4. Pantry. Chances are, there's more than normal in your pantry. Group like items together so it's easy to find things and put the things with the furthest-out expiration date in the back.
5. Refrigerator. Just like in the pantry, store like items together with the newest in the back. Store produce properly so it lasts as long as possible. Keep leftovers together on one shelf so they don't go to waste.
6. Freezer. Since it's easy to forget what's in the depths of your freezer, take the time to go through it. Group like items to minimize searching (and frozen fingers!).
7. Home office or desk. If you have an office, you're probably using it more than ever. Shred the bills from two years ago and remove or minimize distractions (any "to do" item that is unrelated to your job) so you can be as productive as possible.
8. Games and puzzles. Chances are you're playing more games than normal—and if you're not playing games now, do you ever? So assess what you have—if it's outgrown, missing pieces, too complicated, or just not fun, out it goes.
9. Under-sink cabinets. Get rid of old cleaning supplies, attachments for the vacuum cleaner you no longer own, all those extra plastic bags, and make room for the extra wipes and toilet paper you bought. Bonus: you may even find hand sanitizer or disinfecting wipes you didn't know you had!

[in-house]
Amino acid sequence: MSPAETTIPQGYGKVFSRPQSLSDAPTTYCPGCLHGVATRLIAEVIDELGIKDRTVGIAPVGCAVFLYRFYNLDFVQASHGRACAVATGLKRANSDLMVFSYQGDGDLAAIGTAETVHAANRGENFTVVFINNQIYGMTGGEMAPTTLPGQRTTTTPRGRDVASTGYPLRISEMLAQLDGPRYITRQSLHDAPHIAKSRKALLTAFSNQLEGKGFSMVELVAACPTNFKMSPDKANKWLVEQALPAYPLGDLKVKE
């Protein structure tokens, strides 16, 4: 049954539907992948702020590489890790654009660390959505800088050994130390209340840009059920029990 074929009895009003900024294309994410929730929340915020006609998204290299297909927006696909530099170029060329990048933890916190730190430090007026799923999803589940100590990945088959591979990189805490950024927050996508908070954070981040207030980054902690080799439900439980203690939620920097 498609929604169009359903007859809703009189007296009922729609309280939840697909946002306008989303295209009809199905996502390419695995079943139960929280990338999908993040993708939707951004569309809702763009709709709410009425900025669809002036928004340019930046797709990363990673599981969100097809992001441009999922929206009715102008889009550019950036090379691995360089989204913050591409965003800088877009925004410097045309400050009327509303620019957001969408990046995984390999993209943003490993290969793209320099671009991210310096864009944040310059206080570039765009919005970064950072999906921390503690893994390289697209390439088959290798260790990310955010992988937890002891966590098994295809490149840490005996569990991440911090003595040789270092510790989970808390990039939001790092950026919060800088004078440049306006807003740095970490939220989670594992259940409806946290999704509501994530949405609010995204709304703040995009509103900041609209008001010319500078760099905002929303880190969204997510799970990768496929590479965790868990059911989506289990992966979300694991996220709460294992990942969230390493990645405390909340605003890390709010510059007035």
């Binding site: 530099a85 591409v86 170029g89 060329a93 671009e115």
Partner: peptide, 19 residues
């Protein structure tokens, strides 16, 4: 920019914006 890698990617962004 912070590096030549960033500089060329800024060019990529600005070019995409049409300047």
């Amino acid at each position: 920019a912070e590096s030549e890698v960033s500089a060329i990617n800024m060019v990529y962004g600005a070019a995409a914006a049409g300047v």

10. Makeup. Maybe you're wearing it right now and maybe you're not, but either way this is a great small project that can free up bathroom space (maybe for that extra toilet paper?!?!) Did you know makeup expires? Find specific guidelines here.
11. Living room coffee and side tables. If these are places where clutter accumulates in your home, clear them off so you can enjoy your living space without being surrounded by clutter.
12. School papers. Take advantage of the break from papers coming home from school and deal with anything that's accumulated. If something is worth saving, put it in a designate box or folder. If it wouldn't be special a couple years from now, just recycle it now.
13. Mail and papers. If you have a backlog, go through it. (One upside to social distancing is that half of it is probably irrelevant now anyway.) Every day, as soon as you get the mail, deal with the mail. Get rid of every single thing you don't absolutely need (the inserts that come with your electric bill, catalogs, etc.) Find lots more tips—including how to get less mail—here.
14. Homeschool station. This will be different for everyone, depending on what you want your kids to do while out of school. Whether it's full of educational resources or craft kits, giving those items a specific home will keep your home neater. This doesn't need to be fancy; it can be a single shelf, a plastic bin, a rolling cart—use what you have. If you're working from home, you can even send your kids to that spot to find something to do while you work.
I hope you'll try a project or two and see if it helps you feel calmer. This list is not intended to be a stressful list of things you must do...just a way to feel more intentional about and in control of your house, at a time when you're in it a lot. You always deserve to have a home that feels like a haven and a refuge from the world, but even more so right now.